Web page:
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Tuesday, April 16, 2024
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Keep Your Invitation: The NIT Is Struggling to Stay Relevant

  • March Madness is getting underway Tuesday night, but so is its little brother.
  • More than half a dozen teams declined invites to the NIT.
eff Curry-USA TODAY Sports

As March Madness gets underway Tuesday night in Dayton with the First Four of the men’s NCAA tournament, so too does a once-prestigious event that is losing more flair each year: the National Invitation Tournament.

Founded in 1938 and gearing up for its 86th edition, the winner of the NIT early on in its history was often regarded as that year’s true national champion, as opposed to who came out victorious at the NCAA tournament. That clearly hasn’t been the case for decades, though, and now the NIT is struggling to maintain any relevance at all in the shifting college sports landscape.

Twelve Power 5 schools and five from the Big East will make up just over half of the NIT’s 32-team field that boasts Indiana State, Seton Hall, Wake Forest, and Villanova as its top seeds. But that was finalized only after eight major universities either declined invitations or made it known they would not accept one. Indiana, Memphis, Mississippi, Oklahoma, Pittsburgh, St. John’s, Syracuse, and Washington all presumably could have been in the NIT, if they wanted to.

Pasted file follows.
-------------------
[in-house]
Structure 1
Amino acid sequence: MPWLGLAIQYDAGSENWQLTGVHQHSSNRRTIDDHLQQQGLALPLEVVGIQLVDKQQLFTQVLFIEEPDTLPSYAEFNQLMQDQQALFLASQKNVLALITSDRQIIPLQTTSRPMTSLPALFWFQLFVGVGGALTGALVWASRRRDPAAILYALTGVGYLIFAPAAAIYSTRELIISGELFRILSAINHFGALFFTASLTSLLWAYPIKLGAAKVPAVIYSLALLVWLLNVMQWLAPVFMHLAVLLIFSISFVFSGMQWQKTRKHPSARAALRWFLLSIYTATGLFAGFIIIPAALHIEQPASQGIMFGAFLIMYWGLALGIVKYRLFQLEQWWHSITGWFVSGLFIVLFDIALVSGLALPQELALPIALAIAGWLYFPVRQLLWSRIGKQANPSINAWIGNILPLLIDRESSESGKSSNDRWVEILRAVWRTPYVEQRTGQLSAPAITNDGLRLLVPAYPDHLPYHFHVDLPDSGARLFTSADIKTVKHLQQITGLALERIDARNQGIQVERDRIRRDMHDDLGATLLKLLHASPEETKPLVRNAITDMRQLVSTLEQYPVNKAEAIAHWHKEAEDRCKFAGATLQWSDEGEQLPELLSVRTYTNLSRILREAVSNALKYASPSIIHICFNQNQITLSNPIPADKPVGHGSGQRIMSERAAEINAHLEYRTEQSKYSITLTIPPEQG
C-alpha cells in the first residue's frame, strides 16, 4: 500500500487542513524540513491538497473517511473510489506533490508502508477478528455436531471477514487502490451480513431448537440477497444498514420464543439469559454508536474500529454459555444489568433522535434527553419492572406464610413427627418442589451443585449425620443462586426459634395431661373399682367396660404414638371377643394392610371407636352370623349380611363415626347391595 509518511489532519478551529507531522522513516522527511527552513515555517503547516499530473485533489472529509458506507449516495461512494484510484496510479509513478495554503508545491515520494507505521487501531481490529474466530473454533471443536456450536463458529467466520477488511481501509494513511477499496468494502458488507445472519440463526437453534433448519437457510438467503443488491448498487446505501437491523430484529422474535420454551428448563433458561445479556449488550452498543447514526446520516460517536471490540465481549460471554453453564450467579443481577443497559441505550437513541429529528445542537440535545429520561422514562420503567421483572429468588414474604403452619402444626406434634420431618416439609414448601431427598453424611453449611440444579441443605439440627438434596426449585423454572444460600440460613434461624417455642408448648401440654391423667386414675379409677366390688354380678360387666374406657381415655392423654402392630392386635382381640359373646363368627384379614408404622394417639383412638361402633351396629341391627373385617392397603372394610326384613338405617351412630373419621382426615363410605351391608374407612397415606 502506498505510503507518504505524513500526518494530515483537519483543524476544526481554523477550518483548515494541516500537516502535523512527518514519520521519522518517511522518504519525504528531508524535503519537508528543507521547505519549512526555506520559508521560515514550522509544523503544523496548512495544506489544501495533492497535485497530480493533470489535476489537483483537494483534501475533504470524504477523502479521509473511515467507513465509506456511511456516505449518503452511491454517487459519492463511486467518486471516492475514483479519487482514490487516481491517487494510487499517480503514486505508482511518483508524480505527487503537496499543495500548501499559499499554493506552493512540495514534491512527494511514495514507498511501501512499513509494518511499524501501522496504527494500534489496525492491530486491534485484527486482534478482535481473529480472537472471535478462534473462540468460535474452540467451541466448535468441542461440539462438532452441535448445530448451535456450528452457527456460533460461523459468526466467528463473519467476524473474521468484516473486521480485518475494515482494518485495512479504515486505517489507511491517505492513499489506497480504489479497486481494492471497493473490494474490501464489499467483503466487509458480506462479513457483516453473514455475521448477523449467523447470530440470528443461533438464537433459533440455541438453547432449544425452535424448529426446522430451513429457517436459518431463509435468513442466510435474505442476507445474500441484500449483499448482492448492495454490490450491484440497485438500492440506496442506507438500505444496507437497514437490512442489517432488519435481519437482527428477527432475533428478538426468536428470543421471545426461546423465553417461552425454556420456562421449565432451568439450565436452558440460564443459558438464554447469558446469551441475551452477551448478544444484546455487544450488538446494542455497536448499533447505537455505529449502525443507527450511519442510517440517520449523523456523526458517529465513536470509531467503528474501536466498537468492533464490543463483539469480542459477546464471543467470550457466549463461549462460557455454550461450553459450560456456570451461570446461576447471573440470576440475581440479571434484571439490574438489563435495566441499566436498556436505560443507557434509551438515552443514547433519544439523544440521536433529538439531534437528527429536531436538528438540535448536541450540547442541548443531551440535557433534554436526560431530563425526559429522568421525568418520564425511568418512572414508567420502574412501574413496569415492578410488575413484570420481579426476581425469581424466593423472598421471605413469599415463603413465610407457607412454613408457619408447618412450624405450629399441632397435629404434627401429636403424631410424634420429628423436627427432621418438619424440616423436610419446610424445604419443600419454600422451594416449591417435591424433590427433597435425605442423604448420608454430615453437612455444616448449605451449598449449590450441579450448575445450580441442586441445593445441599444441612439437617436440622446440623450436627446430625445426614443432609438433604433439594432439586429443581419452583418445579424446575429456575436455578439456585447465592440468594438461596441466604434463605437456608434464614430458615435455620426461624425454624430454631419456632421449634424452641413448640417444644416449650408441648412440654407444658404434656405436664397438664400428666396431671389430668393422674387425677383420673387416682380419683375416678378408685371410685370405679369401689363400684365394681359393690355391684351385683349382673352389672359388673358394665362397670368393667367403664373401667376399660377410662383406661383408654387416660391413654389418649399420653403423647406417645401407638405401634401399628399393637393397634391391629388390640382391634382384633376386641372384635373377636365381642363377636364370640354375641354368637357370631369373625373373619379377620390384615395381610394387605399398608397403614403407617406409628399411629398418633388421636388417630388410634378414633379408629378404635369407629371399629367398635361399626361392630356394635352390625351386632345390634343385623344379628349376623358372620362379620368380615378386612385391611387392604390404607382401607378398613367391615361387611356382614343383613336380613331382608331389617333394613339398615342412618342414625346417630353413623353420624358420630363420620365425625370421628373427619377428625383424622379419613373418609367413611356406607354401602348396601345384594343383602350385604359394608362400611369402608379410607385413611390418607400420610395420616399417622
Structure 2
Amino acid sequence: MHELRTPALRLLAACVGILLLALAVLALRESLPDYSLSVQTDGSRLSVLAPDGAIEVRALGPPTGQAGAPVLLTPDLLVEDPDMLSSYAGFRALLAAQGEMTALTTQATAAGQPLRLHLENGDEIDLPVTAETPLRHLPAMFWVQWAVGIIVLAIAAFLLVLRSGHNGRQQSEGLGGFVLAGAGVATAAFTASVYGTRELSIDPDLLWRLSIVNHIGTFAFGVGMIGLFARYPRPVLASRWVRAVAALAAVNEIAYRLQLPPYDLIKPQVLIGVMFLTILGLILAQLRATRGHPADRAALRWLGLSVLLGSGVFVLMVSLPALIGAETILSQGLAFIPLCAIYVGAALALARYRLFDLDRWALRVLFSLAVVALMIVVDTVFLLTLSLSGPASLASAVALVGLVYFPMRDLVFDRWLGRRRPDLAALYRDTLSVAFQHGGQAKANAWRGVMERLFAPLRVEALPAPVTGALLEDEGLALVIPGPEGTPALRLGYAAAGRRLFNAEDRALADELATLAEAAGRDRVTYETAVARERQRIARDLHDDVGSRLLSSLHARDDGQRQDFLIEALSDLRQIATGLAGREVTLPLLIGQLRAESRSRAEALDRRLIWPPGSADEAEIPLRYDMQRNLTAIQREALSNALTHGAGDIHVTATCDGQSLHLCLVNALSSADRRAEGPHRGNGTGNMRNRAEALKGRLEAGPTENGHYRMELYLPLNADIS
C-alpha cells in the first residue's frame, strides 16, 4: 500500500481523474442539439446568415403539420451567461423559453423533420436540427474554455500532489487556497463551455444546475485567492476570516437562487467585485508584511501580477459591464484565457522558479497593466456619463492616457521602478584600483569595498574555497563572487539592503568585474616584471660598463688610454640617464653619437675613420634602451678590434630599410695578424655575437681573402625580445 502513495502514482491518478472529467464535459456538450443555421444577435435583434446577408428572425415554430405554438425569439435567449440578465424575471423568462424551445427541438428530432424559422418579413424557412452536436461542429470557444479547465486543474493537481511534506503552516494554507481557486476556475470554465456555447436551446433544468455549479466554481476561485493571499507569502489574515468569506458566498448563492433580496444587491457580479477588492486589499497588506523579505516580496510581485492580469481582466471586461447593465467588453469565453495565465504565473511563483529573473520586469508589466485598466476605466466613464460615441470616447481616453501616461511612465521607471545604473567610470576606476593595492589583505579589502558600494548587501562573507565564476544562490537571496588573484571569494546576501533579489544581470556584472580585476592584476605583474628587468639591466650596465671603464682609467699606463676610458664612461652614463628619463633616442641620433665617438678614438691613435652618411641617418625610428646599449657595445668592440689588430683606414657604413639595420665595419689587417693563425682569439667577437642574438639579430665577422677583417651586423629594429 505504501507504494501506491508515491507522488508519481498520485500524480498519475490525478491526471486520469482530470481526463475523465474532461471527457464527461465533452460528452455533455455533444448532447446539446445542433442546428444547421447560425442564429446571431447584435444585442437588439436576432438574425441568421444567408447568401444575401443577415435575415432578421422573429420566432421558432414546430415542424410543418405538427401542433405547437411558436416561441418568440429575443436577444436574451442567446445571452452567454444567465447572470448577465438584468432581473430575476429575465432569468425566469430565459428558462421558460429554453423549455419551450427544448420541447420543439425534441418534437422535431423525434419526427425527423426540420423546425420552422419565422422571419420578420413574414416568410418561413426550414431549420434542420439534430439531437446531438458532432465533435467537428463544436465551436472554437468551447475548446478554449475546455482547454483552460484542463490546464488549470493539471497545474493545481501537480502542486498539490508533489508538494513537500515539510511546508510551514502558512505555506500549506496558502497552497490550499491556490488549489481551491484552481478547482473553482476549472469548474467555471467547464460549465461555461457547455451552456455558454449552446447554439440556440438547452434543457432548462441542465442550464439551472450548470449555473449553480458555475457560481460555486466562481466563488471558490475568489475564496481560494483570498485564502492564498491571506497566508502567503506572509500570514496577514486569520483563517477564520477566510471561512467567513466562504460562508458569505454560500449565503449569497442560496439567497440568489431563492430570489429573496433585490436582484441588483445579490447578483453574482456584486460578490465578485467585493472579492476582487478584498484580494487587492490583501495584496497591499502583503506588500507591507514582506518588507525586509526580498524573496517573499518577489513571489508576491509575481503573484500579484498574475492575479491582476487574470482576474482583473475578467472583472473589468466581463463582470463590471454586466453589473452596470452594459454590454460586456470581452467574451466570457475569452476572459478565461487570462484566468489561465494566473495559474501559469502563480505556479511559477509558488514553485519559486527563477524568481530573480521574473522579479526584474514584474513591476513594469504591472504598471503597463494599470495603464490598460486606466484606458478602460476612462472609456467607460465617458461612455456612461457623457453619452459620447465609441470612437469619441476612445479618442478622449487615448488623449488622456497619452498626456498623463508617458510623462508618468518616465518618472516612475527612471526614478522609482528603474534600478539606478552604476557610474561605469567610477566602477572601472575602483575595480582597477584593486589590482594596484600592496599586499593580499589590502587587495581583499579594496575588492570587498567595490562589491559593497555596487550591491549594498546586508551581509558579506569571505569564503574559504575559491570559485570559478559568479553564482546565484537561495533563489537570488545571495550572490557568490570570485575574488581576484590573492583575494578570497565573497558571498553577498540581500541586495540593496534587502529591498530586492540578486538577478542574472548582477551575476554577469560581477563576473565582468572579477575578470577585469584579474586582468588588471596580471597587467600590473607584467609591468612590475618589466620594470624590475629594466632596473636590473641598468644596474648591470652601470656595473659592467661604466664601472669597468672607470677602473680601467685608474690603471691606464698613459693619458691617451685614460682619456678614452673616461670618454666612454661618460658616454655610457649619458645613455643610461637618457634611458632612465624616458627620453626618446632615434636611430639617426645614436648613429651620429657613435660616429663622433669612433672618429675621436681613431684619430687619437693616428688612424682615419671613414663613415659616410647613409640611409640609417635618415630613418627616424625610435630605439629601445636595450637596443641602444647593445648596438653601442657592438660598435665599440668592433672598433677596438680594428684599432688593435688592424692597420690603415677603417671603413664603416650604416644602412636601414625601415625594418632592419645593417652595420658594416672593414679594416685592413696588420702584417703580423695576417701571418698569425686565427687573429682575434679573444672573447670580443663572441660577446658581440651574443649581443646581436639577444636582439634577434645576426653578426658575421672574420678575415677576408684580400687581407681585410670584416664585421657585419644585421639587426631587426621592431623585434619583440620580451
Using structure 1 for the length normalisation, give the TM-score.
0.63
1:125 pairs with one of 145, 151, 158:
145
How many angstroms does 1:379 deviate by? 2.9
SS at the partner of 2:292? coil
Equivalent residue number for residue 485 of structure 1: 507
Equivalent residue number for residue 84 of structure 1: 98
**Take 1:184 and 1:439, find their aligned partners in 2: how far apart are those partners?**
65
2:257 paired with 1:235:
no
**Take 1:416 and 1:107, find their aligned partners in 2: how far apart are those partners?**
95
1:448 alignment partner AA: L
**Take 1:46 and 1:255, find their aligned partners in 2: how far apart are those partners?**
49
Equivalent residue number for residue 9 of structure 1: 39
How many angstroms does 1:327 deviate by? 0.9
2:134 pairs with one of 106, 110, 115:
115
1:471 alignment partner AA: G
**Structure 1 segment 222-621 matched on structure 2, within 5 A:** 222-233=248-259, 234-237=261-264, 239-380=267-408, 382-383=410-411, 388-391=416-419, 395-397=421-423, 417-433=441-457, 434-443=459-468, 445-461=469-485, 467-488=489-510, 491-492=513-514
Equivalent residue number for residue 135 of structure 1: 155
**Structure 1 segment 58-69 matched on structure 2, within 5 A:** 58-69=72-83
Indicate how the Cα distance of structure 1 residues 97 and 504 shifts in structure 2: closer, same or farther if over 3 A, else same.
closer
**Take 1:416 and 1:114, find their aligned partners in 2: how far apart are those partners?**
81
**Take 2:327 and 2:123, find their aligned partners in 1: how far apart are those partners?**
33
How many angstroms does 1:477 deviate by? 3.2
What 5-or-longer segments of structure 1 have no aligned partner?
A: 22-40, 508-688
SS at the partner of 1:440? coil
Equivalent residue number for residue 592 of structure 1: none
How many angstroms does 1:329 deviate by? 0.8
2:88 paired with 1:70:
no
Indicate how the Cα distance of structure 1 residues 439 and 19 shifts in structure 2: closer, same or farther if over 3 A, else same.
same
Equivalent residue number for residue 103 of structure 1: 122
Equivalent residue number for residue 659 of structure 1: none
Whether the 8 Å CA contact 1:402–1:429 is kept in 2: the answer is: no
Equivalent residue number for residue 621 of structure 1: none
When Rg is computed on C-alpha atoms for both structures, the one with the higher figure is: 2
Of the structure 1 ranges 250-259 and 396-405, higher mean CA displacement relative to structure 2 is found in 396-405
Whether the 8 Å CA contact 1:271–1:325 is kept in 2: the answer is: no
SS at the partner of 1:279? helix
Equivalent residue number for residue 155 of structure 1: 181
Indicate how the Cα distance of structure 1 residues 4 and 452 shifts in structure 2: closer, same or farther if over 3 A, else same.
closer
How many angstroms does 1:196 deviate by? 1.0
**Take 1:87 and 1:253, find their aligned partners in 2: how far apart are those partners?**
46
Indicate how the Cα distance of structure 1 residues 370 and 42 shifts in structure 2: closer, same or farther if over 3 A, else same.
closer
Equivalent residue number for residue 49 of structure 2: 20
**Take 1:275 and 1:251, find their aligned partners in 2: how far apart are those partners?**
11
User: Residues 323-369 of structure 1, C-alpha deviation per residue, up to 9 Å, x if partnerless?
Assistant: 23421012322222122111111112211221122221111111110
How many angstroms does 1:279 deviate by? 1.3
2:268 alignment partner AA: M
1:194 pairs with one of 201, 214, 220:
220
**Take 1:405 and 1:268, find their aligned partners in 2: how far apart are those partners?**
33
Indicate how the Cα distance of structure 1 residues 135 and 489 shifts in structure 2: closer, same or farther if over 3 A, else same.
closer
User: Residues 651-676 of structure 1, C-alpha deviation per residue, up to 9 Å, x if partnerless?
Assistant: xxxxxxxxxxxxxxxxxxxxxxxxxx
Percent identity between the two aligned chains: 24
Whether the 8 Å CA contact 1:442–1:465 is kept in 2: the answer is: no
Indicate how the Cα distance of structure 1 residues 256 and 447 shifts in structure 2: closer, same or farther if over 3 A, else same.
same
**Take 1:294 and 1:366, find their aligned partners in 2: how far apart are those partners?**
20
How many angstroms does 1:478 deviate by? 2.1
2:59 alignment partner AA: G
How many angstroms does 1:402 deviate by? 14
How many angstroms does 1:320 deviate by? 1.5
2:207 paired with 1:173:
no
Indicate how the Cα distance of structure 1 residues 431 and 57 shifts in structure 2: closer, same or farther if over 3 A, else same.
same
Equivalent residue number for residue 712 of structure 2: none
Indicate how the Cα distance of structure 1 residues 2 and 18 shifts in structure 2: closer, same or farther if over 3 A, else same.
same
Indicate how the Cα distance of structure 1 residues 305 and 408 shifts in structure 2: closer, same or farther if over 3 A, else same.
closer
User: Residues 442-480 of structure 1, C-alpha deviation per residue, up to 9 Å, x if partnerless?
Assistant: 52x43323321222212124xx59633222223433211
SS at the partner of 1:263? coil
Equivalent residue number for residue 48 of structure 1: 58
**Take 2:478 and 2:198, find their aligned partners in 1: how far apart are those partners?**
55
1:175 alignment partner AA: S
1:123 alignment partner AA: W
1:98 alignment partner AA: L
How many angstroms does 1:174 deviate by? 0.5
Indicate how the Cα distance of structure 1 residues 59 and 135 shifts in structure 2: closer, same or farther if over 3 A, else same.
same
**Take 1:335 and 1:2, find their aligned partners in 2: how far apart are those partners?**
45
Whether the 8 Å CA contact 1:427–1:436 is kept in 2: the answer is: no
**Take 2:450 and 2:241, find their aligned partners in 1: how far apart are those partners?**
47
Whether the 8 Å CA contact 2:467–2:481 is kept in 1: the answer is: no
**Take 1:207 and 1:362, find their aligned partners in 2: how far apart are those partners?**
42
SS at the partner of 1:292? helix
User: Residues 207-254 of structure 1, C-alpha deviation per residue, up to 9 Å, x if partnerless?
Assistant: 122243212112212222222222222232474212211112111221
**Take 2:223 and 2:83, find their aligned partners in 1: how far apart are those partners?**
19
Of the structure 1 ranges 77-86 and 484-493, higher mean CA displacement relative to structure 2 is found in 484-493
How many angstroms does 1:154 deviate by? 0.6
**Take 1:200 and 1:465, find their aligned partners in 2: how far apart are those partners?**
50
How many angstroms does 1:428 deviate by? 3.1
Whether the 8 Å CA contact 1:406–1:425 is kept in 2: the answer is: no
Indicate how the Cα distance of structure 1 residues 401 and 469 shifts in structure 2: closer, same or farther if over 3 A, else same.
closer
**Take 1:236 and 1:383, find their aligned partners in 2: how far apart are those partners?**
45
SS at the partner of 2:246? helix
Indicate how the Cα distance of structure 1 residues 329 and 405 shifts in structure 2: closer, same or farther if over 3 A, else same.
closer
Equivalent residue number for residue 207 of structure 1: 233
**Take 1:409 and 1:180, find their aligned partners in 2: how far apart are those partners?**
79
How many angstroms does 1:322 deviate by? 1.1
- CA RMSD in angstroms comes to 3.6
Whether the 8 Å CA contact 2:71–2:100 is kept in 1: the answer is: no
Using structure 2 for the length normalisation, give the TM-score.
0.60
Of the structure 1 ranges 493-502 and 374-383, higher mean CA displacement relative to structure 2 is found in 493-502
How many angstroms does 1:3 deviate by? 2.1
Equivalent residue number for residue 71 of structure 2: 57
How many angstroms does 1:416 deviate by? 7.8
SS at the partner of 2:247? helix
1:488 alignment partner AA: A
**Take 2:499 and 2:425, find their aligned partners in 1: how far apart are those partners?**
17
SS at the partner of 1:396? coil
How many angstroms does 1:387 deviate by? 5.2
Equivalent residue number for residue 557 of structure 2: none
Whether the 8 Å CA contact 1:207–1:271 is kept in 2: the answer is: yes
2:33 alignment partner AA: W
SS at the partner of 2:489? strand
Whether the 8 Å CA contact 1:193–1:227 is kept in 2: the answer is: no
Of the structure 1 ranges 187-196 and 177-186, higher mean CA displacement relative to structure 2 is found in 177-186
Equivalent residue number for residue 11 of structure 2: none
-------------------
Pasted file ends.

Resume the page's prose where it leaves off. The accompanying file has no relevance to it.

Shrinking Footprint

The NIT has been controlled by the NCAA since 2005, and its media rights are baked into ESPN’s overarching college championships package that will pay out $920 million over the next eight years under a newly signed contract. But the women’s NCAA tournament comprises $65 million of that deal’s $115 million annual value. Last year, North Texas won its first NIT title over UAB in the final that garnered just 370,000 viewers on ESPN2 on a Thursday night. That was the lowest audience for the NIT title game since at least ’11, according to Sports Media Watch.

This year’s NIT semifinals and final will take place at Butler’s 9,100-seat Hinkle Fieldhouse in Indianapolis, airing on the main ESPN channel next month the day before the Final Four begins 1,700 miles away in Phoenix, where nearly 150,000 fans will watch the NCAA tournament end.

March Madness Expansion?

Last week, Big 12 commissioner Brett Yormark spoke publicly about possibly expanding the men’s NCAA tournament to 76 teams after recent reports suggested momentum for adding teams to the field was under consideration. Bubble teams that feel snubbed this year would surely be more interested in participating in an expanded NCAA tournament than future iterations of the NIT. But whether their disinterest in the longstanding event leads to the growth of its rival remains to be seen.

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